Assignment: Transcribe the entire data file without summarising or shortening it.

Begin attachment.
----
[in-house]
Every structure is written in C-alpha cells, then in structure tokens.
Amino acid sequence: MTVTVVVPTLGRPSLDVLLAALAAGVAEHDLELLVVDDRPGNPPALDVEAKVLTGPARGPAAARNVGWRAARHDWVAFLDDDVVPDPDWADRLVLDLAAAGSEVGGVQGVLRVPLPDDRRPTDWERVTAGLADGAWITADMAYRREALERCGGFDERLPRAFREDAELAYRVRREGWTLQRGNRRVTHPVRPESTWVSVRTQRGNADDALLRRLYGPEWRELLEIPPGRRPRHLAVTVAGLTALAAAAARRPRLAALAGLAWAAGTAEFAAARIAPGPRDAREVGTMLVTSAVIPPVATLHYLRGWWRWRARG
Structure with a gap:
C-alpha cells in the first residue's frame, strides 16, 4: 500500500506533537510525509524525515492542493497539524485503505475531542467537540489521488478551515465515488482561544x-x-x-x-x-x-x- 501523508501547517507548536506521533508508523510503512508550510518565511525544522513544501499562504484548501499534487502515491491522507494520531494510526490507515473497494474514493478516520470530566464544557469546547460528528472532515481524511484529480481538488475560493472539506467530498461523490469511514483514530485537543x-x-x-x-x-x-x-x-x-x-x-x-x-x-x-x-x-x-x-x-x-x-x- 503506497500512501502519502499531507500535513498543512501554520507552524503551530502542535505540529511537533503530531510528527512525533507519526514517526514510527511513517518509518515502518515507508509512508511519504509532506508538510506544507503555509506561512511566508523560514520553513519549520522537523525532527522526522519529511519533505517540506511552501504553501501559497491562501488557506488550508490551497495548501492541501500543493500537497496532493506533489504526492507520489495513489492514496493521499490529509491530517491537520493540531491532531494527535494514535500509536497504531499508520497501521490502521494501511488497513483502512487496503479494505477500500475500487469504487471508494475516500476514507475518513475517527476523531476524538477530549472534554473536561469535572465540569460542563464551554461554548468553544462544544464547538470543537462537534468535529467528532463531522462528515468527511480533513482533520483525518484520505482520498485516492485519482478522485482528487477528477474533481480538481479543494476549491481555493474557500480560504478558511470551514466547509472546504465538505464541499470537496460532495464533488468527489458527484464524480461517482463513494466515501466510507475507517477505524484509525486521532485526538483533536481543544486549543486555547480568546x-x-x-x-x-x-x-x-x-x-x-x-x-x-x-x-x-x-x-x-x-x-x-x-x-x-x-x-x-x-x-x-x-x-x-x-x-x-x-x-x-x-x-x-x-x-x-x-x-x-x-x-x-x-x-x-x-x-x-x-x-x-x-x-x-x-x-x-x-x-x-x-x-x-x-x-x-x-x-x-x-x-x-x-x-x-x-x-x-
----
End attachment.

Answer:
[in-house]
Every structure is written in C-alpha cells, then in structure tokens.
Amino acid sequence: MTVTVVVPTLGRPSLDVLLAALAAGVAEHDLELLVVDDRPGNPPALDVEAKVLTGPARGPAAARNVGWRAARHDWVAFLDDDVVPDPDWADRLVLDLAAAGSEVGGVQGVLRVPLPDDRRPTDWERVTAGLADGAWITADMAYRREALERCGGFDERLPRAFREDAELAYRVRREGWTLQRGNRRVTHPVRPESTWVSVRTQRGNADDALLRRLYGPEWRELLEIPPGRRPRHLAVTVAGLTALAAAAARRPRLAALAGLAWAAGTAEFAAARIAPGPRDAREVGTMLVTSAVIPPVATLHYLRGWWRWRARG
Structure with a gap:
C-alpha cells in the first residue's frame, strides 16, 4: 500500500506533537510525509524525515492542493497539524485503505475531542467537540489521488478551515465515488482561544x-x-x-x-x-x-x- 501523508501547517507548536506521533508508523510503512508550510518565511525544522513544501499562504484548501499534487502515491491522507494520531494510526490507515473497494474514493478516520470530566464544557469546547460528528472532515481524511484529480481538488475560493472539506467530498461523490469511514483514530485537543x-x-x-x-x-x-x-x-x-x-x-x-x-x-x-x-x-x-x-x-x-x-x- 503506497500512501502519502499531507500535513498543512501554520507552524503551530502542535505540529511537533503530531510528527512525533507519526514517526514510527511513517518509518515502518515507508509512508511519504509532506508538510506544507503555509506561512511566508523560514520553513519549520522537523525532527522526522519529511519533505517540506511552501504553501501559497491562501488557506488550508490551497495548501492541501500543493500537497496532493506533489504526492507520489495513489492514496493521499490529509491530517491537520493540531491532531494527535494514535500509536497504531499508520497501521490502521494501511488497513483502512487496503479494505477500500475500487469504487471508494475516500476514507475518513475517527476523531476524538477530549472534554473536561469535572465540569460542563464551554461554548468553544462544544464547538470543537462537534468535529467528532463531522462528515468527511480533513482533520483525518484520505482520498485516492485519482478522485482528487477528477474533481480538481479543494476549491481555493474557500480560504478558511470551514466547509472546504465538505464541499470537496460532495464533488468527489458527484464524480461517482463513494466515501466510507475507517477505524484509525486521532485526538483533536481543544486549543486555547480568546x-x-x-x-x-x-x-x-x-x-x-x-x-x-x-x-x-x-x-x-x-x-x-x-x-x-x-x-x-x-x-x-x-x-x-x-x-x-x-x-x-x-x-x-x-x-x-x-x-x-x-x-x-x-x-x-x-x-x-x-x-x-x-x-x-x-x-x-x-x-x-x-x-x-x-x-x-x-x-x-x-x-x-x-x-x-x-x-x-